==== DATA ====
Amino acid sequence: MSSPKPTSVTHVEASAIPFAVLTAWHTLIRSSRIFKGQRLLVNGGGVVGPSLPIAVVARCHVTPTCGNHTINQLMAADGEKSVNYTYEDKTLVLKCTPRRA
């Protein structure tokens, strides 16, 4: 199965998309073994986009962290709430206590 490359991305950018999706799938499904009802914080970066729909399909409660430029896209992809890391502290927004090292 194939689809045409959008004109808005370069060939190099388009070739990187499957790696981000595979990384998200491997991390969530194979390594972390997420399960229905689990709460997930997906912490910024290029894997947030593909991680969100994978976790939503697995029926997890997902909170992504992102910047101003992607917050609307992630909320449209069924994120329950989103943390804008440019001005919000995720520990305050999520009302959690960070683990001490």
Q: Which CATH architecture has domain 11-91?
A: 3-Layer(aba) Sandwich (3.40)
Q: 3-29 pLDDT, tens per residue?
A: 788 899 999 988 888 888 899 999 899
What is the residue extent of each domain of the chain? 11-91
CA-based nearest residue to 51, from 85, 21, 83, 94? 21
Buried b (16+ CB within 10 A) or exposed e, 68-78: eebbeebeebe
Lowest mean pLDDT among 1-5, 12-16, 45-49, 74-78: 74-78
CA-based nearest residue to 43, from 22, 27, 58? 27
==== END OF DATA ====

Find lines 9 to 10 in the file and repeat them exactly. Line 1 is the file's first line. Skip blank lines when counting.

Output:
Buried b (16+ CB within 10 A) or exposed e, 68-78: eebbeebeebe
Lowest mean pLDDT among 1-5, 12-16, 45-49, 74-78: 74-78